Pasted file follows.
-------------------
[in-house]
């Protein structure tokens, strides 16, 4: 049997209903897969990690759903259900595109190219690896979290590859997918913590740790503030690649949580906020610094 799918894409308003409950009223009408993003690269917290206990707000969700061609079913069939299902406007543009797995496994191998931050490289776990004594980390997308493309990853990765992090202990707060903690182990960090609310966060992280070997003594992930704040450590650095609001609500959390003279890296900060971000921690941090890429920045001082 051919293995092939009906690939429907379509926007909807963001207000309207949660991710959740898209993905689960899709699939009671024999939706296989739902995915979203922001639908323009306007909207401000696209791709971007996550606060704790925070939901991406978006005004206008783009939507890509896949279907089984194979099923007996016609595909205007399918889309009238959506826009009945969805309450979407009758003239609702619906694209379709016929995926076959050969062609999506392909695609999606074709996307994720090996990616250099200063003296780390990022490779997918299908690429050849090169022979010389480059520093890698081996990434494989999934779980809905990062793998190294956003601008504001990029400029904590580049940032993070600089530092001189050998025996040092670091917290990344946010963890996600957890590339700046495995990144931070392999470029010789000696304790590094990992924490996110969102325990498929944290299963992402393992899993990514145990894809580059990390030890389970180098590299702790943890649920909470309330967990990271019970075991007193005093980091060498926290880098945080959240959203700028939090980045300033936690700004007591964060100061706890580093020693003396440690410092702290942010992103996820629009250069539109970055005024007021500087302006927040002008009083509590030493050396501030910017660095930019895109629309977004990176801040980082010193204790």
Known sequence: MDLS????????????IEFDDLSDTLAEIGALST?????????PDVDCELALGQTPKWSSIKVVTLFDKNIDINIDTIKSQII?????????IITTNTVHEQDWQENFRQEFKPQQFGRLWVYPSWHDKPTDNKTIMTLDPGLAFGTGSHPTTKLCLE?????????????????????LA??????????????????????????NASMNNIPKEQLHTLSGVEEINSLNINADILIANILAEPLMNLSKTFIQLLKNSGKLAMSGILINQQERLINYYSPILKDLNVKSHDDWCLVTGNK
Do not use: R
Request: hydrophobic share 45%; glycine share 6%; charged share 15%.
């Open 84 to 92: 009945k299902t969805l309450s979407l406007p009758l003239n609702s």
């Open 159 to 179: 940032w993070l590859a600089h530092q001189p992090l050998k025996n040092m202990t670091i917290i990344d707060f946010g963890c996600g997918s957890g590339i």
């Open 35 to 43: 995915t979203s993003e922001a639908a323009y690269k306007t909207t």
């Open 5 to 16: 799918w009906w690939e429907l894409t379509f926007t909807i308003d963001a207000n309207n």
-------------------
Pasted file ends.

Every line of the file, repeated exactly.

[in-house]
């Protein structure tokens, strides 16, 4: 049997209903897969990690759903259900595109190219690896979290590859997918913590740790503030690649949580906020610094 799918894409308003409950009223009408993003690269917290206990707000969700061609079913069939299902406007543009797995496994191998931050490289776990004594980390997308493309990853990765992090202990707060903690182990960090609310966060992280070997003594992930704040450590650095609001609500959390003279890296900060971000921690941090890429920045001082 051919293995092939009906690939429907379509926007909807963001207000309207949660991710959740898209993905689960899709699939009671024999939706296989739902995915979203922001639908323009306007909207401000696209791709971007996550606060704790925070939901991406978006005004206008783009939507890509896949279907089984194979099923007996016609595909205007399918889309009238959506826009009945969805309450979407009758003239609702619906694209379709016929995926076959050969062609999506392909695609999606074709996307994720090996990616250099200063003296780390990022490779997918299908690429050849090169022979010389480059520093890698081996990434494989999934779980809905990062793998190294956003601008504001990029400029904590580049940032993070600089530092001189050998025996040092670091917290990344946010963890996600957890590339700046495995990144931070392999470029010789000696304790590094990992924490996110969102325990498929944290299963992402393992899993990514145990894809580059990390030890389970180098590299702790943890649920909470309330967990990271019970075991007193005093980091060498926290880098945080959240959203700028939090980045300033936690700004007591964060100061706890580093020693003396440690410092702290942010992103996820629009250069539109970055005024007021500087302006927040002008009083509590030493050396501030910017660095930019895109629309977004990176801040980082010193204790």
Known sequence: MDLS????????????IEFDDLSDTLAEIGALST?????????PDVDCELALGQTPKWSSIKVVTLFDKNIDINIDTIKSQII?????????IITTNTVHEQDWQENFRQEFKPQQFGRLWVYPSWHDKPTDNKTIMTLDPGLAFGTGSHPTTKLCLE?????????????????????LA??????????????????????????NASMNNIPKEQLHTLSGVEEINSLNINADILIANILAEPLMNLSKTFIQLLKNSGKLAMSGILINQQERLINYYSPILKDLNVKSHDDWCLVTGNK
Do not use: R
Request: hydrophobic share 45%; glycine share 6%; charged share 15%.
């Open 84 to 92: 009945k299902t969805l309450s979407l406007p009758l003239n609702s």
């Open 159 to 179: 940032w993070l590859a600089h530092q001189p992090l050998k025996n040092m202990t670091i917290i990344d707060f946010g963890c996600g997918s957890g590339i």
């Open 35 to 43: 995915t979203s993003e922001a639908a323009y690269k306007t909207t």
């Open 5 to 16: 799918w009906w690939e429907l894409t379509f926007t909807i308003d963001a207000n309207n």